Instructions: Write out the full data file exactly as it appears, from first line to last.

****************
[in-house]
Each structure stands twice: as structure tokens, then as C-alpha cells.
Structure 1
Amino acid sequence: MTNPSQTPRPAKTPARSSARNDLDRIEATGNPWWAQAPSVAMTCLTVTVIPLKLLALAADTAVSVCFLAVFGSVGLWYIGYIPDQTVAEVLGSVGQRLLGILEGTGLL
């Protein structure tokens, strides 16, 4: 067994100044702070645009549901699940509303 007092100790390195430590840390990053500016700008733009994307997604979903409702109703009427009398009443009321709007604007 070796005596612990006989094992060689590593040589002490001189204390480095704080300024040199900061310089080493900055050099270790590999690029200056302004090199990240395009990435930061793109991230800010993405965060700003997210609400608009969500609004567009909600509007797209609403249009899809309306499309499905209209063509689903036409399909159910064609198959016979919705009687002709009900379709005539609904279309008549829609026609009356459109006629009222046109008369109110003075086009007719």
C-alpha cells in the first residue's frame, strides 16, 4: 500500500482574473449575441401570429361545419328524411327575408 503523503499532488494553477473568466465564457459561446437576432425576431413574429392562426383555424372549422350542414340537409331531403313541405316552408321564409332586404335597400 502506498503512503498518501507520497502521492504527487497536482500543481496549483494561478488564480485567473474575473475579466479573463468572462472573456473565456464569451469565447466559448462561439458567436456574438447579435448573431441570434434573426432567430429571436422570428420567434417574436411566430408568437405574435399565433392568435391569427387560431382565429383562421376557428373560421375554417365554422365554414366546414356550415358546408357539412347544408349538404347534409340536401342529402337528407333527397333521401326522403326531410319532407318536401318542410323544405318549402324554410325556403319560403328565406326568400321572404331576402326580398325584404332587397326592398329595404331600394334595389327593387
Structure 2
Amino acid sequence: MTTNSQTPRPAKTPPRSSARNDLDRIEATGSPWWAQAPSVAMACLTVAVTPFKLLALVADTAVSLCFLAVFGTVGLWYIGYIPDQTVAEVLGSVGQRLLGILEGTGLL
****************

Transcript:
[in-house]
Each structure stands twice: as structure tokens, then as C-alpha cells.
Structure 1
Amino acid sequence: MTNPSQTPRPAKTPARSSARNDLDRIEATGNPWWAQAPSVAMTCLTVTVIPLKLLALAADTAVSVCFLAVFGSVGLWYIGYIPDQTVAEVLGSVGQRLLGILEGTGLL
């Protein structure tokens, strides 16, 4: 067994100044702070645009549901699940509303 007092100790390195430590840390990053500016700008733009994307997604979903409702109703009427009398009443009321709007604007 070796005596612990006989094992060689590593040589002490001189204390480095704080300024040199900061310089080493900055050099270790590999690029200056302004090199990240395009990435930061793109991230800010993405965060700003997210609400608009969500609004567009909600509007797209609403249009899809309306499309499905209209063509689903036409399909159910064609198959016979919705009687002709009900379709005539609904279309008549829609026609009356459109006629009222046109008369109110003075086009007719």
C-alpha cells in the first residue's frame, strides 16, 4: 500500500482574473449575441401570429361545419328524411327575408 503523503499532488494553477473568466465564457459561446437576432425576431413574429392562426383555424372549422350542414340537409331531403313541405316552408321564409332586404335597400 502506498503512503498518501507520497502521492504527487497536482500543481496549483494561478488564480485567473474575473475579466479573463468572462472573456473565456464569451469565447466559448462561439458567436456574438447579435448573431441570434434573426432567430429571436422570428420567434417574436411566430408568437405574435399565433392568435391569427387560431382565429383562421376557428373560421375554417365554422365554414366546414356550415358546408357539412347544408349538404347534409340536401342529402337528407333527397333521401326522403326531410319532407318536401318542410323544405318549402324554410325556403319560403328565406326568400321572404331576402326580398325584404332587397326592398329595404331600394334595389327593387
Structure 2
Amino acid sequence: MTTNSQTPRPAKTPPRSSARNDLDRIEATGSPWWAQAPSVAMACLTVAVTPFKLLALVADTAVSLCFLAVFGTVGLWYIGYIPDQTVAEVLGSVGQRLLGILEGTGLL